There is no alternative to Lean Six Sigma because it’s the only process improvement methodology which removes process waste. We remove process waste because it prevents a private equity business process from being truly scalable.
We’ve based our case study based on the internal rate of return (IRR) gap reported by Bain’s Annual Global PE Report:
21.1 (target set by top quartile firms and public market) – 15.2 (average PE firm IRR) = 6 net IRR (Gap)
The Improve phase of DMAIC, is the first time we start “doing” instead of “planning”. We’re going to wrap up the Improve phase by going through our plan to remove the waste and alleviate choke points:
Agile Process Improvement
There are a few rules to follow to mitigate the risk of not improving your process. Think of this phase as risk management against not getting your money out of your improvement investment. As in all phases, we’re not breaking the link between our actions now and where we said was the waste’s root cause.
Rule 1: Action Plan Format
Good Lean Six Sigma consultants stay away from the word “project” because it implies a one-time improvement. We call this an Action Plan because we want to focus on acting. Every good coach will ask you, what we can we today to improve this process? If you they let you say “nothing” instead of coaching you to creatively break down your improvement action into a small, fast, fail – hire someone else.
Estimated Gap Closure is the most important field. This field should directly tie back to the time or quality your wastes have been stealing from you. This is a target so you know when you’ve removed the process waste identified or if you’ve left something on the table.
Rule 2: Study and Adjust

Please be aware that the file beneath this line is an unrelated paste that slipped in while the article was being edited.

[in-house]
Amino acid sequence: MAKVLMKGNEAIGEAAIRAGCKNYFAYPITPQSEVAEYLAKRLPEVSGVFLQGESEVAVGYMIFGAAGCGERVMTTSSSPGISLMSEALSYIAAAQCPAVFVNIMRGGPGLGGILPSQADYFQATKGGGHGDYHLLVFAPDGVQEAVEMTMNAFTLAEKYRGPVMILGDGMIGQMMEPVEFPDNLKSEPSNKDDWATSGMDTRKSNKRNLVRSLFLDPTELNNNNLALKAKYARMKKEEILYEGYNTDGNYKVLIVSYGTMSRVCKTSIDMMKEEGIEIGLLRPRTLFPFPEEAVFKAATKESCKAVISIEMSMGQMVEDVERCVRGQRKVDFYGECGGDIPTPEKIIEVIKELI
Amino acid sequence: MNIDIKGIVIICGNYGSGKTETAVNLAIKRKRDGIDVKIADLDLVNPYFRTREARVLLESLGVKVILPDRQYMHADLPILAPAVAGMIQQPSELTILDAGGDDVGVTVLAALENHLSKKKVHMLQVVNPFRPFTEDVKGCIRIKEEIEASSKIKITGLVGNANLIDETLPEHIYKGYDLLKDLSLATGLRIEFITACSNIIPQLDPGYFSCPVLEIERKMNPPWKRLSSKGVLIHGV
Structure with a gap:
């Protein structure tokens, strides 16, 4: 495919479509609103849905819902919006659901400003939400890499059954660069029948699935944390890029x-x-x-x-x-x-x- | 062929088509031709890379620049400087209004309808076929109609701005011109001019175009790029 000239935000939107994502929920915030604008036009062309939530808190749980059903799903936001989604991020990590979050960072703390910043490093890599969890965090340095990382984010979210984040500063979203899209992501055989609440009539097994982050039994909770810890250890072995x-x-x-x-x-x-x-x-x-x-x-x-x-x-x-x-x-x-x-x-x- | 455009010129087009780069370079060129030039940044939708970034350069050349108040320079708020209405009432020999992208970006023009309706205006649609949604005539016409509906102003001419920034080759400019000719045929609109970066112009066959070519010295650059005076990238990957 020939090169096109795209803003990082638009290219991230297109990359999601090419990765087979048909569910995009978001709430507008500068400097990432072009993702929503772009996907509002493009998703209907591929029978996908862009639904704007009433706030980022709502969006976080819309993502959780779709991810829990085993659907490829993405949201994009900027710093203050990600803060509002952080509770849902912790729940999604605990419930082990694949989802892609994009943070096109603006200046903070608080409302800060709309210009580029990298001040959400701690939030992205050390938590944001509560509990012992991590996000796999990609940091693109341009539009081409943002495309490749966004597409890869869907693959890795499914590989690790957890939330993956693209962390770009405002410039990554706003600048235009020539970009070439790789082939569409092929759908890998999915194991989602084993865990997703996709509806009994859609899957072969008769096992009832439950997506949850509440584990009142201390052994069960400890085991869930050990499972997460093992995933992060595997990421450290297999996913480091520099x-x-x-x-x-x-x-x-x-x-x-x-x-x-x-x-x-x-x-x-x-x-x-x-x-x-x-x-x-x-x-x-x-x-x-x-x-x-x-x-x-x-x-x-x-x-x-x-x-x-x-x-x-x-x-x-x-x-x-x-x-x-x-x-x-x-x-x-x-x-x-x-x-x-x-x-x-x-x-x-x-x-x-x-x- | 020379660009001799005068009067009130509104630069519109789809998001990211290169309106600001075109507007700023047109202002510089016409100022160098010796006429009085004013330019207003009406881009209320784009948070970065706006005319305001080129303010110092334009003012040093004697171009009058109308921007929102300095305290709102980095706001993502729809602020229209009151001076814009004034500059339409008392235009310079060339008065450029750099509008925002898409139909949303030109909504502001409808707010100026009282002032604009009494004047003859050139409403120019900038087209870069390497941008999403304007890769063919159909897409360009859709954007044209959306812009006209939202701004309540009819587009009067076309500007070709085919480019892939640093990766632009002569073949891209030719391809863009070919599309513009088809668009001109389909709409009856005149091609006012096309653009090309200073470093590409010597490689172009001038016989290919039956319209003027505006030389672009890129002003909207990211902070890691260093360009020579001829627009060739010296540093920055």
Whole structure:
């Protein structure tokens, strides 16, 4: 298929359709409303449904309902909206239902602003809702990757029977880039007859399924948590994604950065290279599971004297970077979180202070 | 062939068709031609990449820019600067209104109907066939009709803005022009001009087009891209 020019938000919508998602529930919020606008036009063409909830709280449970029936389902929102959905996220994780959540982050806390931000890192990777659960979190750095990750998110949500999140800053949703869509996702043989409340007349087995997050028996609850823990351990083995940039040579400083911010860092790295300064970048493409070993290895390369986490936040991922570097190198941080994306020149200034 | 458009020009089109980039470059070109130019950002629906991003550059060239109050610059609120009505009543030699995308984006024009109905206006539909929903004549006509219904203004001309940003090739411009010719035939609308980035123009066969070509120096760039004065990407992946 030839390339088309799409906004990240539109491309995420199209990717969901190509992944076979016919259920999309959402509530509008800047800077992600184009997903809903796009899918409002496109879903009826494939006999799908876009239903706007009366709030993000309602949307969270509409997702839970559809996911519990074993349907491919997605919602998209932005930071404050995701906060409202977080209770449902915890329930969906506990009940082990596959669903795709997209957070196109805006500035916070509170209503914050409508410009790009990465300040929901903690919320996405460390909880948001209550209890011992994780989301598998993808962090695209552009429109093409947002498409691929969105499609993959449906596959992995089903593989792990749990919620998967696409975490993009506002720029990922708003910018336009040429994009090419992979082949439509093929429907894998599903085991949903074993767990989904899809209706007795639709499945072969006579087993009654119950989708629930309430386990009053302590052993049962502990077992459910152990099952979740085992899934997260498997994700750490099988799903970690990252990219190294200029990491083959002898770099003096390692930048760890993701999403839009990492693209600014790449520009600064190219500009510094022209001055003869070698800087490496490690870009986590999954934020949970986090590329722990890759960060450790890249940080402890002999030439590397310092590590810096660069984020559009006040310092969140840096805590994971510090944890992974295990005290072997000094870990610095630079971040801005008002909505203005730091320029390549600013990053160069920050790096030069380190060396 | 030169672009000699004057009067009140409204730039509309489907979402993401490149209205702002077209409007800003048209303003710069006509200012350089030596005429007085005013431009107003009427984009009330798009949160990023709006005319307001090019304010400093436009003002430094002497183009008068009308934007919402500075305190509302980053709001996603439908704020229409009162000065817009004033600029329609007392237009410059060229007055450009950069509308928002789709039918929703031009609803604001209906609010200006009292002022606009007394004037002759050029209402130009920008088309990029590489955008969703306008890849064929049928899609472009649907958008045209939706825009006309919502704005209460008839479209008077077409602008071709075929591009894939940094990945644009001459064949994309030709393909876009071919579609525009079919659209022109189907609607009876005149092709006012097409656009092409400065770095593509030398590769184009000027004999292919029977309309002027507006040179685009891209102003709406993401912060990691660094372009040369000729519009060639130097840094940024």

We approach everything understanding that all plans fail. This means they only thing we can control is to audit ourselves because you never get 100% of the opportunity the first time. The only plan that works is to plan to fail. To plan to study and adjust until removing the choke point.
Because of my background in Finance as a CPA, I lean on financial processes to increase accountability. I play around with fields to compare my “actuals” – similar to a financial analysis – so I can validate my and my team’s ROI on client’s investment in time and us.
Rule 3: Experiments; not Solutions
We’ve talked about how we all love our own solutions. Ironically, I’ve seen consultants try to implement Lean Six Sigma because they love it as a solution without defining a gap that’s meaningful to the company they’re getting paid to transform. Solutions are static.
Your private equity firm and portfolio companies need to be agile enough to keep up with the changing market and so do your process improvement plans. Good consulting services coach your team into actions as “countermeasures” or experiments.
Experiments focus on learning vs solutions focus on solving and walking away.
Rule 4: Analyze To Be Process Data
How do you know if you’ve improved your process? Like all things, the data will let you know. Grab a sample of items flowing through your process now that’s it’s been improved and compare the process before and after. Our IRR case study looks like:
Remember two things:
- We improved the choke points – not just random process steps. If you don’t improve the choke points, you don’t scale your process.
- There were a total of 36 total days of waste in the baseline process
We actually got an improvement of 50 days of waste! We’re awesome. Let’s never do this again. Wrong!
Our To Be process is now our new Baseline because once we improve, we never go back to a bad process. Even this new improved process includes less than 5% of activities our customer defines as valuable (e.g. is willing to pay for) so we’ve got plenty left to remove.
Private Equity Software
You’ll use the same tools discussed in Part 1. The most important tool in this phase is not software, but the people owning and pushing the problem to completion like the project champion, consultant, sponsor, team leaders, etc.
Better Tomorrow Than Today
The best Lean Six Sigma teams can remove waste within 24 hours of identifying it. Process waste is usually under your control because you created it in the first place. A good sign of a successful improvement plan is seeing people out “on the floor” implementing improvement, watching it fail and quickly adjusting.
No one solves problems in a conference room so go get your hands dirty. We’ll be controlling the process’s performance in the next post.